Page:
Frequently Asked Questions

Hello world example

This shows "Hello world!" in the alert box on each link click after the DOM is ready (JSFiddle):

// callback for document load
$(function () {
    // select anchors and set click handler
    $("a").click(function (event) { 
        // prevent link default action (redirecting to another page)
        event.preventDefault();

        // show the message
        alert("Hello world!"); 
    });
});

Resources

Video Tutorial

Popular plugins

Other jQuery Foundation projects

Best practices and commonly made mistakes

Related question: jQuery pitfalls to avoid

Remember to use a ready handler

If your code is somehow manipulating the DOM, then you need to ensure that it is run after the DOM finishes loading.

jQuery provides ways to do that with an anonymous function:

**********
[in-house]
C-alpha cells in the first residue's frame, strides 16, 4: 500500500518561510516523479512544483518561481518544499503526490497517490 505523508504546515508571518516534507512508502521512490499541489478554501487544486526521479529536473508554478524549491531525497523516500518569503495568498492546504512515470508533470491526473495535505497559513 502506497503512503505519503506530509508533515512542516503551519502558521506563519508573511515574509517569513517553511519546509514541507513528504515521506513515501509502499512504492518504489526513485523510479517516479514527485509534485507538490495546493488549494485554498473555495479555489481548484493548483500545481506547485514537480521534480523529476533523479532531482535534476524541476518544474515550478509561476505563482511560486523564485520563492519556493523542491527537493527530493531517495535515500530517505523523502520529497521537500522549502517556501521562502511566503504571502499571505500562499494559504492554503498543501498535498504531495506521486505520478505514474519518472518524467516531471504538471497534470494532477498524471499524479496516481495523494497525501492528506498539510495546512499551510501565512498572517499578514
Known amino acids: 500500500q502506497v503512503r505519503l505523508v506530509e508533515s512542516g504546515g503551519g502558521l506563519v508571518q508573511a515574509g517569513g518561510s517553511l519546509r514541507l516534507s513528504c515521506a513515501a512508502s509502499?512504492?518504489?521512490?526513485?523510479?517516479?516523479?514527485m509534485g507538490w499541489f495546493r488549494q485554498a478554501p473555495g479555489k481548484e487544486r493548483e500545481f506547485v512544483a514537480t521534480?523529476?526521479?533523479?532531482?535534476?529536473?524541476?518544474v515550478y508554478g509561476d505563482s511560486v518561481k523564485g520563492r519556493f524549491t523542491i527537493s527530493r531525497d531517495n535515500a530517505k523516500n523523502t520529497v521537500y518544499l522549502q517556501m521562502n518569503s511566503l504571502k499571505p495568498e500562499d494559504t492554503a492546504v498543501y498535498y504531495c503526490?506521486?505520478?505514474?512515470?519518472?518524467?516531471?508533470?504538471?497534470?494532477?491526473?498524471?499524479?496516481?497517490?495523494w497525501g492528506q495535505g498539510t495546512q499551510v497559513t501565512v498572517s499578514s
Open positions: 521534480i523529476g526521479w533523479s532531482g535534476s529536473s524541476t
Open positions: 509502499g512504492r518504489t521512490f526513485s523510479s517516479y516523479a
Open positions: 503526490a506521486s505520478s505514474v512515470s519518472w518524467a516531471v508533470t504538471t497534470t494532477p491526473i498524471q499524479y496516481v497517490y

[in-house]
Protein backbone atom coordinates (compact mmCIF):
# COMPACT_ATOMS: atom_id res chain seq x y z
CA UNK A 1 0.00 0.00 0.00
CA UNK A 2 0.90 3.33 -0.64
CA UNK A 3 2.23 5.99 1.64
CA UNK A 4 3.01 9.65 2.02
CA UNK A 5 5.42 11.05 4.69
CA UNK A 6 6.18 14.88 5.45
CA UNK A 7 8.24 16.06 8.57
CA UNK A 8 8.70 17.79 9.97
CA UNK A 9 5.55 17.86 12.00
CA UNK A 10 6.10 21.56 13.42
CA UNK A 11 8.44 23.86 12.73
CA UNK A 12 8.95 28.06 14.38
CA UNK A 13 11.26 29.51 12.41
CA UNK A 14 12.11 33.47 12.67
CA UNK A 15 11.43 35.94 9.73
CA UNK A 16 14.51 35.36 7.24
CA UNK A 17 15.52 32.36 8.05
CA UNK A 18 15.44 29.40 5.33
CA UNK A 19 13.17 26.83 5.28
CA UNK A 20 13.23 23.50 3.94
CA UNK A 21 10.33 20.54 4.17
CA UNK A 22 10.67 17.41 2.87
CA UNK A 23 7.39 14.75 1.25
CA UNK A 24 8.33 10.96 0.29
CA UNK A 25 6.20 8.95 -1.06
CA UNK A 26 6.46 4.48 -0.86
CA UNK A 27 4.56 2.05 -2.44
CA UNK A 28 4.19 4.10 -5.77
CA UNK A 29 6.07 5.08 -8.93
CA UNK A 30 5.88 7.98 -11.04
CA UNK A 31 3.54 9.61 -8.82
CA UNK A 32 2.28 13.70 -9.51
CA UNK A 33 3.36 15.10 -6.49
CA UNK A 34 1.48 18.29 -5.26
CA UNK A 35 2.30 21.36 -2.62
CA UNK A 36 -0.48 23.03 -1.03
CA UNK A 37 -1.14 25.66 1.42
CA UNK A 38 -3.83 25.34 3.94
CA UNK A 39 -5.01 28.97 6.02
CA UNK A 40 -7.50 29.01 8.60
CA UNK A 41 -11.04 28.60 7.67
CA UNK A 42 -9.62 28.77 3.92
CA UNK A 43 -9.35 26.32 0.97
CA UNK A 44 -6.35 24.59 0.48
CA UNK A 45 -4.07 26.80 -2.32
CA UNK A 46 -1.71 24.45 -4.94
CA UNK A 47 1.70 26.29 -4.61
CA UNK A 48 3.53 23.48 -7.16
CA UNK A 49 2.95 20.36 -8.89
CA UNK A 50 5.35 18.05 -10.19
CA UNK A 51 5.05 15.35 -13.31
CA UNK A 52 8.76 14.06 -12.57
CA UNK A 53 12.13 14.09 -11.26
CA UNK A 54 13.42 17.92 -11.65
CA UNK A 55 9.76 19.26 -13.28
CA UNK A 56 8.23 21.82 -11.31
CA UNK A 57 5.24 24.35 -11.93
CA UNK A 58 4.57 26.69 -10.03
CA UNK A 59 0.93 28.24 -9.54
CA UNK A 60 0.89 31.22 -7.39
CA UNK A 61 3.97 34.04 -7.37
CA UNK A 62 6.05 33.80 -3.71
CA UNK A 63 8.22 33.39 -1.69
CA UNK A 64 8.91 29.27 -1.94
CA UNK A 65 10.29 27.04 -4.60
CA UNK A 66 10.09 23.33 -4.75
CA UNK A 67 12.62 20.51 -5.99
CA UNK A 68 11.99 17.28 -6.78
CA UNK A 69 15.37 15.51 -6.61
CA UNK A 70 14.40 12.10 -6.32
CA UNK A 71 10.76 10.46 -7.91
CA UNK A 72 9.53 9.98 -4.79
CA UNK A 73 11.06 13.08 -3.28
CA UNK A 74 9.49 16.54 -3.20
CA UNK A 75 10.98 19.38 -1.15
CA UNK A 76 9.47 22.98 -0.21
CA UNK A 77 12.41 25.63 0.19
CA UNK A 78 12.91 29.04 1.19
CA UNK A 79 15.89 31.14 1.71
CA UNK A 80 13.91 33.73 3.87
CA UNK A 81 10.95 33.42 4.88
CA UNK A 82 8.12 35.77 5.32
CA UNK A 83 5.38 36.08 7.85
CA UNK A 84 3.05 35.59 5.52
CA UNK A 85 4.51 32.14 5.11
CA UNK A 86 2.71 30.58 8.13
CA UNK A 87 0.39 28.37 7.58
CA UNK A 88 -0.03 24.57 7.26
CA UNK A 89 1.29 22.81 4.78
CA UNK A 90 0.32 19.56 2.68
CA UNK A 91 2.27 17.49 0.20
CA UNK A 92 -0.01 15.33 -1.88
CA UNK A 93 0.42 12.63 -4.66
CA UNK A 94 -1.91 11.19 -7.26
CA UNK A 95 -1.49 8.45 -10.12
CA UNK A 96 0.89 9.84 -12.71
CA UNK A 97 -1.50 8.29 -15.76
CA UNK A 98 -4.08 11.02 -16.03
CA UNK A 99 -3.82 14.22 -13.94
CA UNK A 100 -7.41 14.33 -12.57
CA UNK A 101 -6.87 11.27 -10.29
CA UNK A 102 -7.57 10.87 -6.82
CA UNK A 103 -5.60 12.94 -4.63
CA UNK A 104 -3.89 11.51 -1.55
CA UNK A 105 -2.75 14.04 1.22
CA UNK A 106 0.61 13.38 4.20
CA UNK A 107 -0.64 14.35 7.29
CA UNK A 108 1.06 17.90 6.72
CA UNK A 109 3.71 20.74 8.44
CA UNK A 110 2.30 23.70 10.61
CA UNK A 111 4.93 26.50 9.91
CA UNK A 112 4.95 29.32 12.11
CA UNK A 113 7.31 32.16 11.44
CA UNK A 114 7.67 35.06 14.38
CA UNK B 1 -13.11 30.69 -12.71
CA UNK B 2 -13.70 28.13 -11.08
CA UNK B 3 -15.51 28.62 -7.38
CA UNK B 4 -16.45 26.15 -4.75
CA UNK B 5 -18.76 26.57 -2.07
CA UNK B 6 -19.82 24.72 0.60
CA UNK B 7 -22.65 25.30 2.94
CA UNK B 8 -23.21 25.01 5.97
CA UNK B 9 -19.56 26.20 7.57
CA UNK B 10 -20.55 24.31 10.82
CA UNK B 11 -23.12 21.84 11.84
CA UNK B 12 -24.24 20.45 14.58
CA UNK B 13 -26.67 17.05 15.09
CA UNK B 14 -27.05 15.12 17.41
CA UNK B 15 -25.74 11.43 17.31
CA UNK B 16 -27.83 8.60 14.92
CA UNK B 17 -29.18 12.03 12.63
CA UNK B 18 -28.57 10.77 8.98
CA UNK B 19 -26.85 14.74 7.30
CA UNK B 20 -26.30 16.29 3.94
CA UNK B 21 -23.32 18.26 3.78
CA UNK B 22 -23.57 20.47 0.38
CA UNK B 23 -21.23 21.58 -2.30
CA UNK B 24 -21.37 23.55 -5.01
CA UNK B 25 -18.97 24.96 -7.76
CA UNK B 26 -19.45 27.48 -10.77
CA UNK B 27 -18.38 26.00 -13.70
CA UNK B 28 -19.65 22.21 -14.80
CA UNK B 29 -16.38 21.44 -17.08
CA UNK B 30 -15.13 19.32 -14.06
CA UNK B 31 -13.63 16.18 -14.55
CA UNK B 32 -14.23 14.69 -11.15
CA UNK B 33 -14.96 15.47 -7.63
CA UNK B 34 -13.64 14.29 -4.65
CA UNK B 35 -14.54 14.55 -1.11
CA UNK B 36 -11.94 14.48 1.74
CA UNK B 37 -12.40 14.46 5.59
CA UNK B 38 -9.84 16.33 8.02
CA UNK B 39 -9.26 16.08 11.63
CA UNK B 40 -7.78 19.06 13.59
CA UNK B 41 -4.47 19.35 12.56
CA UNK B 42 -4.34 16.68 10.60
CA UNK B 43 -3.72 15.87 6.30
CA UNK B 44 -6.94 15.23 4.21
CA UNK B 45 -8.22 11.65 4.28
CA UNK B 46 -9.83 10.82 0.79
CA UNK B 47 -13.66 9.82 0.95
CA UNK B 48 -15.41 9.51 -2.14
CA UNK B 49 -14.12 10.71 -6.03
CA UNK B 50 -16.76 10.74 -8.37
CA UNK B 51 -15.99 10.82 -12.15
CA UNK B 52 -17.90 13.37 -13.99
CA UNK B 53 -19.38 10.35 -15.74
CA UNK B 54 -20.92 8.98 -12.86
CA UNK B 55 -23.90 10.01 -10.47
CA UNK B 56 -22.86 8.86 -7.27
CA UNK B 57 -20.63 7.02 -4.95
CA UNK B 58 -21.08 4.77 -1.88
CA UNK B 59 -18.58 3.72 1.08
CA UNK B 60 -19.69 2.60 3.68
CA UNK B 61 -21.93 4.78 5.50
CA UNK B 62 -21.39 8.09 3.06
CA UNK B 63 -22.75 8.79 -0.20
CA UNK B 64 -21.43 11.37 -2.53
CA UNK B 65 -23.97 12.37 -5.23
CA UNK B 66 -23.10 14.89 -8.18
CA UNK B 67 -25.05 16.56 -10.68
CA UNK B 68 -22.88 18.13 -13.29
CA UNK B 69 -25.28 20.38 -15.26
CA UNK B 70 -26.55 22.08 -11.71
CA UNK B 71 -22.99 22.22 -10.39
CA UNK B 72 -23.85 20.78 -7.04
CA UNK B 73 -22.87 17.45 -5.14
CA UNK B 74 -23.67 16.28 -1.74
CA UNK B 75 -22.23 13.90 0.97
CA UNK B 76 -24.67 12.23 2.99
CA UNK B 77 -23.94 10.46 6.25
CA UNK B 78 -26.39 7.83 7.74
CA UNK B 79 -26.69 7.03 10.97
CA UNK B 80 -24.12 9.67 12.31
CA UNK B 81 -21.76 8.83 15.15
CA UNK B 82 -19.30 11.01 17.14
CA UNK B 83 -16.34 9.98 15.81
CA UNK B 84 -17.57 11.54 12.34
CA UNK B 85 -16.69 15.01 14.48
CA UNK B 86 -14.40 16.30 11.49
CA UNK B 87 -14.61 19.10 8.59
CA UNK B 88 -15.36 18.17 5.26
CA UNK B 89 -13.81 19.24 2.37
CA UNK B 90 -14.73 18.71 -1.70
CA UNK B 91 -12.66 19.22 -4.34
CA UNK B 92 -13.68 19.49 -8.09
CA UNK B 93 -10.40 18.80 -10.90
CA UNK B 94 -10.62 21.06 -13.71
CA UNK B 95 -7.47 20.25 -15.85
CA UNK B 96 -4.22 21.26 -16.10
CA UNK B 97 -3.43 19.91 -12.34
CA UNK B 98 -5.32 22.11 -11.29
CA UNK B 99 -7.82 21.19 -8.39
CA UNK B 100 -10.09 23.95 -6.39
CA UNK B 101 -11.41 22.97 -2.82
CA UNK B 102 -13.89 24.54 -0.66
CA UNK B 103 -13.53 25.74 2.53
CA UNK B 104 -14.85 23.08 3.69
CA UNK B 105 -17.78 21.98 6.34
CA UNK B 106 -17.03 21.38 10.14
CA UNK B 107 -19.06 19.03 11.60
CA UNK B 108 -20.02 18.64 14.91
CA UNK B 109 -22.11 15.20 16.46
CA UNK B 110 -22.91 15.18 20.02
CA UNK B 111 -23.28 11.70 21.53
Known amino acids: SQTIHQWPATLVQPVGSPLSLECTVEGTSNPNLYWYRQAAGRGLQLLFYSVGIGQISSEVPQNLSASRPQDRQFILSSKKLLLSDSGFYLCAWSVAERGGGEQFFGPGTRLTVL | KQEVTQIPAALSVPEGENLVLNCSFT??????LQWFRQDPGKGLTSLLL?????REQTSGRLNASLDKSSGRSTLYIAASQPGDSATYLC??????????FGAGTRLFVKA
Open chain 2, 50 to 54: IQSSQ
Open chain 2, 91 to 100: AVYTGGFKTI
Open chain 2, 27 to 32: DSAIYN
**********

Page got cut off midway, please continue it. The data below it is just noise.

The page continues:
$(function () { 
    /* code here */ 
});

// Or
$(document).ready(function () { 
    /* code here */ 
});

or with a named function:

$(functionName);

// Or
$(document).ready(functionName);

These are alternatives to placing the JavaScript code or script tag in the HTML right before the closing </body> tag.

In jQuery 3.x, the recommended way to add a ready handler is $(function () {}), while other forms such as $(document).ready(function () {}) are deprecated. Also, jQuery 3.x removes the ability to use .on("ready", function () {}) to run a function on the "ready" event.

Avoid conflicts by using noConflict() and a different alias for jQuery

If your jQuery code conflicts with another library that also uses the $ sign as an alias, then use the noConflict() method:

jQuery.noConflict();

Then you can safely use $ as an alias for the other library while using the name jQuery itself for jQuery functions.

Alternatively, you can call

$jq = jQuery.noConflict();